|10/11/2002: A State of Denial - Wall Street Journal|
Wall Street Journal
Behold the bracing clarity of a simple declarative sentence. "Freedom of religion does not exist." The reference is to Saudi Arabia, and the sentence comes from the State Department's just-released index of religious freedom. So far so good. But the grim assessment raises a question: If Saudi Arabia has no freedom of religion, and if punishment for those outside the Wahhabi fold includes arrest and credible reports of torture, why has the State Department not designated Saudi Arabia one of its "countries of particular concern"?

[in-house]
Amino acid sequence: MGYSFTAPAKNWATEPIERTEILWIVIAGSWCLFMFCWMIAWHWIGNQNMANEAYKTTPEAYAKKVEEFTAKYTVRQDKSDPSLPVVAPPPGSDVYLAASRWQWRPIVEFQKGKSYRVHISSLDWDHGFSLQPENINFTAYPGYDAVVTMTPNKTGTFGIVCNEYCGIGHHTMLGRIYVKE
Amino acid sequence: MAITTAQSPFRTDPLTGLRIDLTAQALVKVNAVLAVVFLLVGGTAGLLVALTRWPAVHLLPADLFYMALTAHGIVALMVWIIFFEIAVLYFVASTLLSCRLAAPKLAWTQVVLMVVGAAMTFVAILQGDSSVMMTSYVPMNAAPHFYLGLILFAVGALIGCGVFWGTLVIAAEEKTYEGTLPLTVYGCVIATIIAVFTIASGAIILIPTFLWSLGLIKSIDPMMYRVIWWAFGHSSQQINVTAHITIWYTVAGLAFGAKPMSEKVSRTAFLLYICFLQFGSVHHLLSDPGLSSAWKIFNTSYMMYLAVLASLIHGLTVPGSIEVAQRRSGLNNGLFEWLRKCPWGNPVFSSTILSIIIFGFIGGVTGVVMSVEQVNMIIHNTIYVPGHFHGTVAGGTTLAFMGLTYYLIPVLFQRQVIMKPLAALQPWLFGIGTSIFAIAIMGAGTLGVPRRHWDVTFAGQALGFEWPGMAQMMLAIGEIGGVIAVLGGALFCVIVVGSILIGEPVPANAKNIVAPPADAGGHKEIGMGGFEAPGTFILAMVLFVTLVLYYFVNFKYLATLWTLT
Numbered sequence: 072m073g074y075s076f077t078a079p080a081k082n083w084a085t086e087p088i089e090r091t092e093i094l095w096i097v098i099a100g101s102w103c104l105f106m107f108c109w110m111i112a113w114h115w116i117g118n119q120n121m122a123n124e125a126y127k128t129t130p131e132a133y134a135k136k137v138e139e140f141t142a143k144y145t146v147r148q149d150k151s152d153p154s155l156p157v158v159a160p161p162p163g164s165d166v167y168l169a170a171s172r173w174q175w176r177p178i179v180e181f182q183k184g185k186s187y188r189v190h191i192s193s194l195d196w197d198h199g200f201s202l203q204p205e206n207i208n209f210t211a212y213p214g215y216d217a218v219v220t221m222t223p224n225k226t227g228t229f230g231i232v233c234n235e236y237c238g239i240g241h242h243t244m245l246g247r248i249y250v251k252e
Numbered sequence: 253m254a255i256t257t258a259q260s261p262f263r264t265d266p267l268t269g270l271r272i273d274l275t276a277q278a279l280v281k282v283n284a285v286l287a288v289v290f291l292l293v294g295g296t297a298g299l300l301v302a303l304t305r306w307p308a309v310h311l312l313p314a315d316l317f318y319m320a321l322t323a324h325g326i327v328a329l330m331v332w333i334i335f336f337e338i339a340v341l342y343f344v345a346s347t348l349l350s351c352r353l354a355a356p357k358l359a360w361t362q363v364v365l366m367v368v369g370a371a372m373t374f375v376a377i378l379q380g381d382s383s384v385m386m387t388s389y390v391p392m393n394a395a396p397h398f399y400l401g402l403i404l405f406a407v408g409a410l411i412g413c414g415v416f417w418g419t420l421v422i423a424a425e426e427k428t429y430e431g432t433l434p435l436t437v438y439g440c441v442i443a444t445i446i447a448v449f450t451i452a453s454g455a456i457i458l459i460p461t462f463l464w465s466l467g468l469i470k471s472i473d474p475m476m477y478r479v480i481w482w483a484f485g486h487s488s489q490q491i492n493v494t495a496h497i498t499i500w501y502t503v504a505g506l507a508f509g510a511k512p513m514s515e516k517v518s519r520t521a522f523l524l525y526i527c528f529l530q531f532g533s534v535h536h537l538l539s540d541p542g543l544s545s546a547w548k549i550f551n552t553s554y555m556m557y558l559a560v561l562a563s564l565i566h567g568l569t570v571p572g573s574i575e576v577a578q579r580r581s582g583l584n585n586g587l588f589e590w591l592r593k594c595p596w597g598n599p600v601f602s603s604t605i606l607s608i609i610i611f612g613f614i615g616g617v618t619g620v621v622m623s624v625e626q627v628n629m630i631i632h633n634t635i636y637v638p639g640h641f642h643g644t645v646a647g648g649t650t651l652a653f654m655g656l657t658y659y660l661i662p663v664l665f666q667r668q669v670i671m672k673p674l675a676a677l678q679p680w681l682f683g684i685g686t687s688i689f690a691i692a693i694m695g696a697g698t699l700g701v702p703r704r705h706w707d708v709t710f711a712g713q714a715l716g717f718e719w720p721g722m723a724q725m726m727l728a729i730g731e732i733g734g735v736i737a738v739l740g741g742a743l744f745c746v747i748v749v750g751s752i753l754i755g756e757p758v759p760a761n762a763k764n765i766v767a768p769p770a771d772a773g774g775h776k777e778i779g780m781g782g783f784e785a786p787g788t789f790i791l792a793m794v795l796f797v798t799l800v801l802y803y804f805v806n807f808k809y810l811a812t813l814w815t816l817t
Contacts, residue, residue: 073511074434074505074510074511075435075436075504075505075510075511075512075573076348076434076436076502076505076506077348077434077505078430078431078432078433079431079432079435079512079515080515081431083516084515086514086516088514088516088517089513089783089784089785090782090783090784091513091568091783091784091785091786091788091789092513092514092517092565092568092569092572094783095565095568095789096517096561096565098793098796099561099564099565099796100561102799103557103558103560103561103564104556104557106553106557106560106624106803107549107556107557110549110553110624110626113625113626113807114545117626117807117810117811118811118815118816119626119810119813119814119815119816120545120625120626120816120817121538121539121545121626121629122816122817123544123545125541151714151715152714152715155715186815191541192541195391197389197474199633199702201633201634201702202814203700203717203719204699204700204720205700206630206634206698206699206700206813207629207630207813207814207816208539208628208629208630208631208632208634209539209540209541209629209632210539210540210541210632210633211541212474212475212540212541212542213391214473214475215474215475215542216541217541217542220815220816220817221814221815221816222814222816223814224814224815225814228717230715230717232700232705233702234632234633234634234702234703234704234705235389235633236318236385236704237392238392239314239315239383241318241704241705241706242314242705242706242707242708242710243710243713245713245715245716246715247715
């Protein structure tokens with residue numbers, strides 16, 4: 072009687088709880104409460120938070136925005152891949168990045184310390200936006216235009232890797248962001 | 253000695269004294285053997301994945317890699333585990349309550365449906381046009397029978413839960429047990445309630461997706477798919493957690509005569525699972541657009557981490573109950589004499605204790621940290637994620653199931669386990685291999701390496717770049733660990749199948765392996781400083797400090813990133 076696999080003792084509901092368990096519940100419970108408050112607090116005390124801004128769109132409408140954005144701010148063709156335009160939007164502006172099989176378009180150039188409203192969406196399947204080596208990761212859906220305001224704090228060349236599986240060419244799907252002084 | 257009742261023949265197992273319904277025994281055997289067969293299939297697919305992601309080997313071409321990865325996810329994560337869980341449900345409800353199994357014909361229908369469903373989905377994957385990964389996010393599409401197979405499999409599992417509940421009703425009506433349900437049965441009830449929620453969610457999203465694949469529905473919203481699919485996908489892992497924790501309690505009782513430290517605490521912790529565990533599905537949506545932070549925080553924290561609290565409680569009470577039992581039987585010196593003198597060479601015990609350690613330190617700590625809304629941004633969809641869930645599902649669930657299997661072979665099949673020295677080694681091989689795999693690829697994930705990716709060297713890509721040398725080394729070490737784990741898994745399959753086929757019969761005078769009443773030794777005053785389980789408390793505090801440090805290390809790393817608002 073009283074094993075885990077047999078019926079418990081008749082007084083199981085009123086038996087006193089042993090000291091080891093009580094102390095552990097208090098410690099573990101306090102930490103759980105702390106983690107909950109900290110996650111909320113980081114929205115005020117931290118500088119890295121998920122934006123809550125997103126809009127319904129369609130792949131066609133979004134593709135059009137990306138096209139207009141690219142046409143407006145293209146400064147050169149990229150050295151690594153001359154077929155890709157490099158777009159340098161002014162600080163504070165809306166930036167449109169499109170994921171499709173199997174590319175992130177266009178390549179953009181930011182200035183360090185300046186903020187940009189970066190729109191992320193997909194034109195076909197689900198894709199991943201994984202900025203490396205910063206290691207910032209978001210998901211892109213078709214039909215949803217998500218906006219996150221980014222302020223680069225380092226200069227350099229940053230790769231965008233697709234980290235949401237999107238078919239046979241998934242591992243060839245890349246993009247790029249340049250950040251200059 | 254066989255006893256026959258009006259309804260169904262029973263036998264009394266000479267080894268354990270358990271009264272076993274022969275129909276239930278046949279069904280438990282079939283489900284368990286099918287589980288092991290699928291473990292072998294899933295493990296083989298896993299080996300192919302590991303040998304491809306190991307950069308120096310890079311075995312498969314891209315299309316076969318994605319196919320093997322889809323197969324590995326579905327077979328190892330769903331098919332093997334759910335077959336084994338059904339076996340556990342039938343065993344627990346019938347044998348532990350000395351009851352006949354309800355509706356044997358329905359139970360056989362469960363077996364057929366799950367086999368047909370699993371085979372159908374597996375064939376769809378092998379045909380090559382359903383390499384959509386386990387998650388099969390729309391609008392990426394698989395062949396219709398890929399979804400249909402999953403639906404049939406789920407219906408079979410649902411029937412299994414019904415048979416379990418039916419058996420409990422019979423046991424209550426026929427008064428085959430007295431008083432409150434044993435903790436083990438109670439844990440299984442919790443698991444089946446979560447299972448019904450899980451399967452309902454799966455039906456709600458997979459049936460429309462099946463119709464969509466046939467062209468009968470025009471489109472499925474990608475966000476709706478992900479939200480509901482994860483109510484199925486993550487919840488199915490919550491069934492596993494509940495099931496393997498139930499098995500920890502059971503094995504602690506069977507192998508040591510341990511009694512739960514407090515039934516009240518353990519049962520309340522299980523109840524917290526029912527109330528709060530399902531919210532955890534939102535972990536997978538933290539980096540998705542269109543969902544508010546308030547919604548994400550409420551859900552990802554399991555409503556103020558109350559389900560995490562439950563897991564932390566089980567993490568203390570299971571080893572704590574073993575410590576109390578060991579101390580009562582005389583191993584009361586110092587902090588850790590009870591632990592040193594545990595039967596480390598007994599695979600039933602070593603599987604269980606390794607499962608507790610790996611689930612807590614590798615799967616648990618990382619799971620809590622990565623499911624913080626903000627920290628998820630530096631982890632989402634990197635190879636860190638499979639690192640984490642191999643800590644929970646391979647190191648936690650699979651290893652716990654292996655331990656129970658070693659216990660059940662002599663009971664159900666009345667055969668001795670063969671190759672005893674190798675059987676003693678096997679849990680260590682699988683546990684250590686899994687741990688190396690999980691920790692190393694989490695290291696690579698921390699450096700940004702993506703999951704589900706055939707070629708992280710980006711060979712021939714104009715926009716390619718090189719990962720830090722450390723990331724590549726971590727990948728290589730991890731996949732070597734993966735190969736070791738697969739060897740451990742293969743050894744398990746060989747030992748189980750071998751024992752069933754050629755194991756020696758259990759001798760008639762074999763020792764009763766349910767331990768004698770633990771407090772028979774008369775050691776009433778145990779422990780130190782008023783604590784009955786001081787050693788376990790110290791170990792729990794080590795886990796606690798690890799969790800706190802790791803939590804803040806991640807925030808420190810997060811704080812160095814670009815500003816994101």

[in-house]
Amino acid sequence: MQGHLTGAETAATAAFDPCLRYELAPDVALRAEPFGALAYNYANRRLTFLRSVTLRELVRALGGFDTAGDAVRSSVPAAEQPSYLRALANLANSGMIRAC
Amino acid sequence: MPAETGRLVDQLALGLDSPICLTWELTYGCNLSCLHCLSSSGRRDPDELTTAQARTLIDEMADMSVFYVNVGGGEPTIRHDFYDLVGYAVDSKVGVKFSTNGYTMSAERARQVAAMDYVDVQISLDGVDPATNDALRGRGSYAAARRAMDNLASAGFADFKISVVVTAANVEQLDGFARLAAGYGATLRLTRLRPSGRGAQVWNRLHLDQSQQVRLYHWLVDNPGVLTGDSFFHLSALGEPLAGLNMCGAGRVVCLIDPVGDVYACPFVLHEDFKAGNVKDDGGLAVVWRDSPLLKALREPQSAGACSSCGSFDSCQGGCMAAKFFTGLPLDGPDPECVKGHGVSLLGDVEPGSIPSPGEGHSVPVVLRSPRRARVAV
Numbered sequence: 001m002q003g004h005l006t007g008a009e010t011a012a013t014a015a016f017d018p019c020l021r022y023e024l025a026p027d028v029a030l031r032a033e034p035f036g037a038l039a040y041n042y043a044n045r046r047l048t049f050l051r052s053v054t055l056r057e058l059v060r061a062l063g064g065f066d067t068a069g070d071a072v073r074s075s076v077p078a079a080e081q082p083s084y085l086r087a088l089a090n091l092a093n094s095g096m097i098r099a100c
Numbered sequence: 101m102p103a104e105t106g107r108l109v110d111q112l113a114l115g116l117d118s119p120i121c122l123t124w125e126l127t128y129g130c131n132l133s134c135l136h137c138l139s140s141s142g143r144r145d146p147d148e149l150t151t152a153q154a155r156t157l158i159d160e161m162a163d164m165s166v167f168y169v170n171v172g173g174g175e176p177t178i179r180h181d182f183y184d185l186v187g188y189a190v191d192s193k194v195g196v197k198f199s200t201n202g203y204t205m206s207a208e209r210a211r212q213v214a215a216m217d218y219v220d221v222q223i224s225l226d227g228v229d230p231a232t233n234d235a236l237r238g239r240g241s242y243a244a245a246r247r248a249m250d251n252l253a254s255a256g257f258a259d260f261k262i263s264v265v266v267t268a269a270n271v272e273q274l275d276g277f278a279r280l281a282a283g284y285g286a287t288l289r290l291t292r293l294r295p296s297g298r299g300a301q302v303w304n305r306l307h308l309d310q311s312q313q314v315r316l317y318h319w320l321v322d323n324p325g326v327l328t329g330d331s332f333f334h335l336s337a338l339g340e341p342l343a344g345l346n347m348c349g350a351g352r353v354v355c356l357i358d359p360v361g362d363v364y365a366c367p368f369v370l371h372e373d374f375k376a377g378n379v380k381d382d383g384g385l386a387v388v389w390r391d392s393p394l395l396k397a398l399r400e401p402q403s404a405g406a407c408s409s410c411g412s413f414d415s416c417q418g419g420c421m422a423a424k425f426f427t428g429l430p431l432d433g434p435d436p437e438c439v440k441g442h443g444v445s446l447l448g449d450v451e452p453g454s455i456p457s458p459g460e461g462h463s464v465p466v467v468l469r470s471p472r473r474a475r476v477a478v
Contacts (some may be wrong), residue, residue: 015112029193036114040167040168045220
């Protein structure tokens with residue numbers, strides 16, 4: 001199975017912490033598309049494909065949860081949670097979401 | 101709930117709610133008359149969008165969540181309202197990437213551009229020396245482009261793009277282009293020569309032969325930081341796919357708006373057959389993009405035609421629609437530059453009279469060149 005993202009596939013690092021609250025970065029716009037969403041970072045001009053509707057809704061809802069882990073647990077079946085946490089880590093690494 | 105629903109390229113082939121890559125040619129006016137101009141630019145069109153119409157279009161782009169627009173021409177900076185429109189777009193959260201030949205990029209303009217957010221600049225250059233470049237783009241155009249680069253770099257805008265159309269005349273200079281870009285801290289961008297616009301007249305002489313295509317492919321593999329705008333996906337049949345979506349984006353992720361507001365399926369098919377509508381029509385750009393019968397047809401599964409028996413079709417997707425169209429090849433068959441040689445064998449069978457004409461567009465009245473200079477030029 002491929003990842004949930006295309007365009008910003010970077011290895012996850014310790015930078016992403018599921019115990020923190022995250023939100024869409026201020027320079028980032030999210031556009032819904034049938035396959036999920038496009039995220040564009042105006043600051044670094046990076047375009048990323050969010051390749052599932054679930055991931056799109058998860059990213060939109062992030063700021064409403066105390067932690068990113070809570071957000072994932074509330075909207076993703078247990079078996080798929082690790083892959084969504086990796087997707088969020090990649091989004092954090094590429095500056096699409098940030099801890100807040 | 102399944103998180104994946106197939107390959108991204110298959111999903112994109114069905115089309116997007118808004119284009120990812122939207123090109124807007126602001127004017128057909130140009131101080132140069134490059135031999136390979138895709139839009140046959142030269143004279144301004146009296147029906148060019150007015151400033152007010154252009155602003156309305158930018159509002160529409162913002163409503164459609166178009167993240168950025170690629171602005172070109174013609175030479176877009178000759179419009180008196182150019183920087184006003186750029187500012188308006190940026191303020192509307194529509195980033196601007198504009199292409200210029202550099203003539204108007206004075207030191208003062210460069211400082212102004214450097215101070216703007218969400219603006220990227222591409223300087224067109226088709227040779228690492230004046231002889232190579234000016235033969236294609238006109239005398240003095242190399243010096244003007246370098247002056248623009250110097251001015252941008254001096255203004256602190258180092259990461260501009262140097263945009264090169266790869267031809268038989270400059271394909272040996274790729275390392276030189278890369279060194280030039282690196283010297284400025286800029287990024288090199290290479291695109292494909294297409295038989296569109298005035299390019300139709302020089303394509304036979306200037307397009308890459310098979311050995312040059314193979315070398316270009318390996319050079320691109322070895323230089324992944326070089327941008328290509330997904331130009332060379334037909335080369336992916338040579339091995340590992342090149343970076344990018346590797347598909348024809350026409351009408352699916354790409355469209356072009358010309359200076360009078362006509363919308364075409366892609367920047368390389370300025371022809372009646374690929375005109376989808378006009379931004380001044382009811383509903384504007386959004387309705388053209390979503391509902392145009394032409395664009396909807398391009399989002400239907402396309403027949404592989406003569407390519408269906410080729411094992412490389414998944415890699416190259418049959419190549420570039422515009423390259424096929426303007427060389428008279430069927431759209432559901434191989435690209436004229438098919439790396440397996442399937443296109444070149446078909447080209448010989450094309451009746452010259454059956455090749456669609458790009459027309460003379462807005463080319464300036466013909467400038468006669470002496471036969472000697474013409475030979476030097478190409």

Nina Shea, who sits on the commission and runs the Center for Religious Freedom, isn't buying the State Department line. "The problem goes far deeper than persecution at home, because the Saudis are also exporting Wahhabi extremism abroad," Ms. Shea tells us. "And when we don't call them on it in our own reports, we just confirm to them that we are the bankrupt materialist culture they accuse us of being."
In this post-9/11 world, we ought at least to have learned the consequences of not calling things by their rightful names. If the State Department is to have a list that designates countries as having "engaged in or tolerated particularly severe violations of religious freedom," it ought to be an honest one. And it's hard to think of an honest list that wouldn't have Saudi Arabia near the top.